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for the Welfare of Persons with Autism, Cerebral Palsy,
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The Genesis:

People often state that Autism 'happened' only in the twentieth century. But, just like many disorders which we identify now, Autism is believed to have always existed.

It was just not identified as a specific disorder. References to individuals whose descriptions are similar to the characteristics of Autism have existed through history. Amongst these were the 'holy fools' who were a much venerated people in ancient Russia, dating back to the sixteenth century.

These individuals were reported to be eccentric, given to parroting, with stereotypic speech and actions, obsessive interests, and lack of social awareness. Late eighteenth century accounts of the 'Wild Boy of Aveyron' discovered in a forest in France, who was later named Victor, offers us a description that is remarkably similar to Kanner's a couple of centuries later. From the accounts of Victor that are available, there is evidence of a serious impairment in reciprocal social interaction, impairment of sensory attention, lack of imaginative play, evidence of stereotypes and intellectual impairment.

However, while Autism has always existed it is only in the last sixty years that it has been given a name, and described by its very specific characteristics. The word 'Autism' was first used by Bleuler, a Swiss psychiatrist in 1911 to refer to schizophrenia. Then, over 50 years ago, a young boy named Donald visited the child psychiatrist, Leo Kanner, in his office at the Johns Hopkins University in Baltimore. Kanner was "…struck by the uniqueness and peculiarities which Donald exhibited. He could, since the age of two-and-a-half years, tell the names of all presidents and vice-presidents, recite the letters of the alphabet forwards and backwards, and flawlessly, with good enunciation, rattle off the Twenty-Third Psalm. His memory was phenomenal. Yet he was unable to carry on an ordinary conversation. He was out of contact with people, although he could handle objects skilfully. The few times when he addressed someone- largely to satisfy his wants- he referred to himself as 'You' and to the person as 'I'. He did not respond to any intelligence tests, but manipulated intricate form boards adroitly"(Gillberg & Coleman, 1992). Over the next few years, Kanner would see ten other children who were similarly self-absorbed and who had severe social, communication, and behavioural problems.

In 1943, Kanner published a paper applying the term 'early infantile Autism' to this group of children, characterized by withdrawal and with ritualistic behaviours, and gave medical literature a window to this complex and enigmatic disorder. Children with the symptoms originally described by Kanner are now the minority of those diagnosed with Autism, as the quest to understand this condition has expanded into a field of its own. Of note, while Kanner published his paper in 1943, Hans Asperger in Austria independently published a study on Autism in 1944. This work was not translated into English until 1981, but it is clear that Kanner and Asperger, though totally unconnected to each other, both wrote about the same syndrome in two different countries.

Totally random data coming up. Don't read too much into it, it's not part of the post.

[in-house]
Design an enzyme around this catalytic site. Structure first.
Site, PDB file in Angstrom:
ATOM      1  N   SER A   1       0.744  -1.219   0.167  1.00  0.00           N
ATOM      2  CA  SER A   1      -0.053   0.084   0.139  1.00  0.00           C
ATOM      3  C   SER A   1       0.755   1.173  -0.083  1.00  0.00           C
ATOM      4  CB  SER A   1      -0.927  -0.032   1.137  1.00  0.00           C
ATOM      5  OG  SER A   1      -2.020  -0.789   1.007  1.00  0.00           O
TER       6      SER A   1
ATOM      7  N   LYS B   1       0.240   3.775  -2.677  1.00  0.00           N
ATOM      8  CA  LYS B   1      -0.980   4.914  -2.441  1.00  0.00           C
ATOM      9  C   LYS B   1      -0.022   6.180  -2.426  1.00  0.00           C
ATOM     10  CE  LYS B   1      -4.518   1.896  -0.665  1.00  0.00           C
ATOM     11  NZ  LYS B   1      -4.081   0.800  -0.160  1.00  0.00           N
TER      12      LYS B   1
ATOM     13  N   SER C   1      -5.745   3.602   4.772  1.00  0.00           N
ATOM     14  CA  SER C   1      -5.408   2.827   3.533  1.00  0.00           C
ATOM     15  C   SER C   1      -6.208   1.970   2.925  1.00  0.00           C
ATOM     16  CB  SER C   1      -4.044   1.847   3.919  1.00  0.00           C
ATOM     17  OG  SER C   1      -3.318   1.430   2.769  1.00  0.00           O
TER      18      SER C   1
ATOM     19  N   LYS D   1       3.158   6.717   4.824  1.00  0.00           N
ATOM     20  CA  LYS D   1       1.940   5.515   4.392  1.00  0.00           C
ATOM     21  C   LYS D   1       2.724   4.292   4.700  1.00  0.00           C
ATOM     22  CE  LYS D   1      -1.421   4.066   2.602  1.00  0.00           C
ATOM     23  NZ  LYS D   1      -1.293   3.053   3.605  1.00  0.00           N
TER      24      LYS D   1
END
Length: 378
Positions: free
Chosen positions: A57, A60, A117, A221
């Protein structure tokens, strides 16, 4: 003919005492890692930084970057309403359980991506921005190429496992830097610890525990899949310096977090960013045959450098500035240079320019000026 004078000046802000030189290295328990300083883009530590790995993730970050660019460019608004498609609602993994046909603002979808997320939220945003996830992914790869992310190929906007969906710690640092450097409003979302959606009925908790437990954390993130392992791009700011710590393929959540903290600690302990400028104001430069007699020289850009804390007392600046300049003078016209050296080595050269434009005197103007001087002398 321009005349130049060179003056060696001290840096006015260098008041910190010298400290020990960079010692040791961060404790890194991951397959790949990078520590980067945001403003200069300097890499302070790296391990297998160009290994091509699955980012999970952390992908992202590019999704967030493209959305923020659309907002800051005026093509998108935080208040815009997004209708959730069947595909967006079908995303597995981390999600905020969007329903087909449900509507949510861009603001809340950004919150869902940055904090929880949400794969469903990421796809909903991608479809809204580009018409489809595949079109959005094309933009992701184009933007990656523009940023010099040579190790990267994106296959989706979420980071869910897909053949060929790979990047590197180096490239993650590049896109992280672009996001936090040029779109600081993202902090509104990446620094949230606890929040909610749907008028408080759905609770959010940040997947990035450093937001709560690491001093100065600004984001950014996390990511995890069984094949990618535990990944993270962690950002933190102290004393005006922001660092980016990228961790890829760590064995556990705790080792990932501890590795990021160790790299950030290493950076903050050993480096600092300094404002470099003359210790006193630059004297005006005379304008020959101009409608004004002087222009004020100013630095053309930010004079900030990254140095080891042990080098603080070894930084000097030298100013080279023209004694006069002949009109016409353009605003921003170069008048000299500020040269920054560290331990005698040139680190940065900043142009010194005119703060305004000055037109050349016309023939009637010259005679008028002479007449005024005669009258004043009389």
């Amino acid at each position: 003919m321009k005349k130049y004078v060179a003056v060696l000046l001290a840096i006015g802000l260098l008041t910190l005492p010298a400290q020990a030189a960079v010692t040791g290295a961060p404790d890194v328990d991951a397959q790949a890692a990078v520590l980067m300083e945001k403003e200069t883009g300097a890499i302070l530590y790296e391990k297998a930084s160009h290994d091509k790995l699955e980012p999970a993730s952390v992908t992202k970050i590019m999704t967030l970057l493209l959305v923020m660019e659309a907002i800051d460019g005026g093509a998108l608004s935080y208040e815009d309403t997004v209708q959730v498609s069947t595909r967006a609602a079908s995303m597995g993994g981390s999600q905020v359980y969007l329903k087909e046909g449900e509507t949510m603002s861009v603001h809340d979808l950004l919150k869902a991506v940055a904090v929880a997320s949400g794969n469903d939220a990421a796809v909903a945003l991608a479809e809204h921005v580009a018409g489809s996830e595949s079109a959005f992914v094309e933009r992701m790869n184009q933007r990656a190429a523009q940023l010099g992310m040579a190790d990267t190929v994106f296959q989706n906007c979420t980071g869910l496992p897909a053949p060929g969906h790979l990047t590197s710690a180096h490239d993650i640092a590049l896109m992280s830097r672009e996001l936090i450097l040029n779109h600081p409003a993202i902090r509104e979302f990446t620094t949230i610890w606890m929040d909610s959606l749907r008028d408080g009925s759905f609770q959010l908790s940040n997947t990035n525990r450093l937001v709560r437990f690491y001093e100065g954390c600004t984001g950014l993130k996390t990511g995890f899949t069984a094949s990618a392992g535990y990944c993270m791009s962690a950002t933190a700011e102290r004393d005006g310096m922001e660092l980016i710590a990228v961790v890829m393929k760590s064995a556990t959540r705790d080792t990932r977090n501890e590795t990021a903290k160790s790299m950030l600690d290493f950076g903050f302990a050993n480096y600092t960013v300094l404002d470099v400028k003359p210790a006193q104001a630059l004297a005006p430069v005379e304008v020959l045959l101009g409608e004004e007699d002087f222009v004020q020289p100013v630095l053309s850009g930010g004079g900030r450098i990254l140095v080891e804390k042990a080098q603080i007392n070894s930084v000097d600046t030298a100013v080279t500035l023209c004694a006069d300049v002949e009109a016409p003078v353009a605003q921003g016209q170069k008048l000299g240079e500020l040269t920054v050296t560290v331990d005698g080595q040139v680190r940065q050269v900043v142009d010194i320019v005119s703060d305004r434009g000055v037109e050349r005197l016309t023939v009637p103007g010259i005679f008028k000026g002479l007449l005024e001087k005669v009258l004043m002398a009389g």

Subsequent to the publication of his paper Kanner opined in print that the parents of children with Autism were 'highly organized, professional parents, cold and rational who just happened to defrost long enough to produce a child'. He thereby introduced the concept of the 'refrigerator mother.' This theory was expanded on by the psychologist Bruno Bettelheim, and it impacted the way parents of children with Autism were viewed for many years to come. Bettelheim believed the mothers of children with Autism were highly intelligent, cold, and un-emotional, and that the best treatment was to remove children from these supposedly affection deprived homes, thus establishing a facility known as the Orthogenic School.

The movement against psychogenic theories took off in the early 1960s and was led by parents of children with Autism. Many of them were involved with issues related to Autism in a professional capacity as well. Bernard Rimland, a psychologist in the US published 'Infantile Autism: the Syndrome and its Implications for a Neural Theory of Behaviour' in 1964. Rimland later founded the Autism Society of America in 1965. Lorna Wing, a psychiatrist in the UK published 'Early Childhood Autism' in 1966. In fact, the movement for Autism worldwide, particularly in the area of services, has been pioneered by parents of children with Autism in collaboration with exceptional professionals such as Sybil Elgar in the UK and Eric Schopler in the US.

While Bettelheim's notion of the 'refrigerator mother' and the belief that Autism is caused by cold, career oriented parents has been discarded today in the light of decades of research, the consequences of this notion have had worldwide impact and linger even today. It was many years before researchers gained an understanding of Autism as a developmental disorder of biological origin. In much of the developed world, barring a few persisting exceptions like France, Autism is now acknowledged as a disorder that is not of psychological origins.

Source: Action for Autism

  Autism Spectrum Disorders or ASD is commonly called Autism Neuro- typical: A term used for people who do not have Autism or ASD  
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